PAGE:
Endothelial Rho signaling is required for monocyte transendothelial migration

FEBS Lett. 2002 Apr 24;517(1-3):261-6. doi: 10.1016/s0014-5793(02)02643-1.

Abstract

Bacterial toxins affecting Rho activity in microvascular endothelial cells were employed to elucidate whether endothelial Rho participates in regulating the migration of monocytes across monolayers of cultured endothelial cells. Inactivation of Rho by the Clostridium C3 exoenzyme resulted in an increased adhesion of peripheral blood monocytes to the endothelium and a decreased rate of transendothelial monocyte migration. Cytotoxic necrotizing factor 1-mediated activation of endothelial Rho also reduced the rate of monocyte transmigration, but did not affect monocyte-endothelium adhesion. Thus, efficient leukocyte extravasation requires Rho signaling not only within the migrating leukocytes but also within the endothelial lining of the vessel wall.

Publication types

  • Research Support, Non-U.S. Gov't

MeSH terms

  • ADP Ribose Transferases / pharmacology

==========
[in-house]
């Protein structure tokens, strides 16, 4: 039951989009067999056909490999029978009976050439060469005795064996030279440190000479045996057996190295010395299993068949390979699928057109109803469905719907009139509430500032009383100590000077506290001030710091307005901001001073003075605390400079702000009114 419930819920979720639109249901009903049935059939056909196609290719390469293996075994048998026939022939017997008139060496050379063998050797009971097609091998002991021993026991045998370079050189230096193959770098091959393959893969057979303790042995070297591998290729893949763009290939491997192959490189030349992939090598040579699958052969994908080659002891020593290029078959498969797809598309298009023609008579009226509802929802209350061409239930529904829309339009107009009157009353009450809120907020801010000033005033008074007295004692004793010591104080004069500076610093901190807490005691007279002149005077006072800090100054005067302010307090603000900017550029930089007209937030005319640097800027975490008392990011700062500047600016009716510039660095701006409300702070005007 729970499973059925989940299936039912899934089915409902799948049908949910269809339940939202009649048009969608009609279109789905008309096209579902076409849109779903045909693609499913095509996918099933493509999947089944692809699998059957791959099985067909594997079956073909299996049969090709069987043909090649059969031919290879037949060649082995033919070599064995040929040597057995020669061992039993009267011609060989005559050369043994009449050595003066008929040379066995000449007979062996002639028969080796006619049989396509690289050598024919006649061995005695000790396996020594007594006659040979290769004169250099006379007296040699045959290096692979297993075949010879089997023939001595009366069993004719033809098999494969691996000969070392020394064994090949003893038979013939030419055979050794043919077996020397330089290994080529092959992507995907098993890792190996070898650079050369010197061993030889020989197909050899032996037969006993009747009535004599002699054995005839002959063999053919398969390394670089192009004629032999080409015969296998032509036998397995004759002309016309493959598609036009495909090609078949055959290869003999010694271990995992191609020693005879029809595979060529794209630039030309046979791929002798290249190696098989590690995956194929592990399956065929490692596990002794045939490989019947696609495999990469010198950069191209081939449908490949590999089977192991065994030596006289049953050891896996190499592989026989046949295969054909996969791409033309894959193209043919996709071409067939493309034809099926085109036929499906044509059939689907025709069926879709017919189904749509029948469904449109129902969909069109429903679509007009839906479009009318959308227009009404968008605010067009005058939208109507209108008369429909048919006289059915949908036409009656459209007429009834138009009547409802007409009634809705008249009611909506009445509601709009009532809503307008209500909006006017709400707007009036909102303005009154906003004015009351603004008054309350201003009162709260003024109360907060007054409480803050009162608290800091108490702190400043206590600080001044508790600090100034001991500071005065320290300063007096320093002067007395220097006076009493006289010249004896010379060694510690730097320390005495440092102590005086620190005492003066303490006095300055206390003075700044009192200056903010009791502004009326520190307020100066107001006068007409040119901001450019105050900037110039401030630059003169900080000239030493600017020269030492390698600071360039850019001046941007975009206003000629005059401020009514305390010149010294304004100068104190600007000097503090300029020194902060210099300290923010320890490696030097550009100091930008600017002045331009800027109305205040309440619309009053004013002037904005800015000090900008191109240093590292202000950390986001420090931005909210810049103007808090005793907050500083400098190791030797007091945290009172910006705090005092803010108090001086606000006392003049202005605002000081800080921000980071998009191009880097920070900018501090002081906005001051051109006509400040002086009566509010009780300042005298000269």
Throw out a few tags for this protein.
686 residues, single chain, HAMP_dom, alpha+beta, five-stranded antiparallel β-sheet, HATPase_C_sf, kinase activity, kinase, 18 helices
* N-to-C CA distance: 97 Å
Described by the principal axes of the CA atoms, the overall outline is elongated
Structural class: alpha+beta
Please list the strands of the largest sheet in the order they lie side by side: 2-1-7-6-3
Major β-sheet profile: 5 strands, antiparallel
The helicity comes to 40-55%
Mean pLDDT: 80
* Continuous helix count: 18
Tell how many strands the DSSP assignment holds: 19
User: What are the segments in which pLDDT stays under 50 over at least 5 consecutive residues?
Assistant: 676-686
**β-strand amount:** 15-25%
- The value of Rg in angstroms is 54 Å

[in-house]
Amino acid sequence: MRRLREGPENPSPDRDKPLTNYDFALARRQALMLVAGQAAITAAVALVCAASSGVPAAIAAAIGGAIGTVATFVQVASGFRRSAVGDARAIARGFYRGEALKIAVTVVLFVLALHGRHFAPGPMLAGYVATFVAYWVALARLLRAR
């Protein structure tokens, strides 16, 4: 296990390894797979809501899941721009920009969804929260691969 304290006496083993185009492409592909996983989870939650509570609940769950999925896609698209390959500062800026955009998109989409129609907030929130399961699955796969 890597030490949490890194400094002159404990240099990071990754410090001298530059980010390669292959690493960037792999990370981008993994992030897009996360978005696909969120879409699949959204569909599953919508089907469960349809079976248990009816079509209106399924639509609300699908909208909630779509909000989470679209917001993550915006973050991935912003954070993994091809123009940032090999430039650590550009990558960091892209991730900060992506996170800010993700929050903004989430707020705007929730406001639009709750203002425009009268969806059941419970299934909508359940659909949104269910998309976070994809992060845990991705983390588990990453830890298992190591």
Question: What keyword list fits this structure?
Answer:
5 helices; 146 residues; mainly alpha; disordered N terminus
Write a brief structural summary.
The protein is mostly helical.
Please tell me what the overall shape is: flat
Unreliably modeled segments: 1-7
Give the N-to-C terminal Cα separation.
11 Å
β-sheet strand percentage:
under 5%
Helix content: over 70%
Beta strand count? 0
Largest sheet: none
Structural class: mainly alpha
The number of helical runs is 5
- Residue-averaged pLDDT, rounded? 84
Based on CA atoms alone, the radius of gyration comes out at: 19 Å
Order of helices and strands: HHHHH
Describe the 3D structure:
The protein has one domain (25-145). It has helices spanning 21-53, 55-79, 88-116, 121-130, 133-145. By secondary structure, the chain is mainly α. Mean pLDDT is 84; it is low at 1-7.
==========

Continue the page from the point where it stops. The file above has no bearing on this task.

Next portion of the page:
• Actin Cytoskeleton / physiology
  • Acute-Phase Proteins / metabolism*
  • Bacterial Toxins / pharmacology
  • Botulinum Toxins*
  • Cell Adhesion / drug effects
  • Cell Adhesion / physiology
  • Cell Movement / physiology*
  • Cells, Cultured
  • Cytotoxins / pharmacology
  • Endothelium, Vascular / physiology*
  • Escherichia coli Proteins*
  • Humans
  • Monocytes / physiology*
  • Signal Transduction / drug effects
  • Signal Transduction / physiology*

Substances

  • Acute-Phase Proteins
  • Bacterial Toxins
  • Cytotoxins
  • Escherichia coli Proteins
  • acute-phase protein rho
  • cytotoxic necrotizing factor type 1
  • ADP Ribose Transferases
  • exoenzyme C3, Clostridium botulinum
  • Botulinum Toxins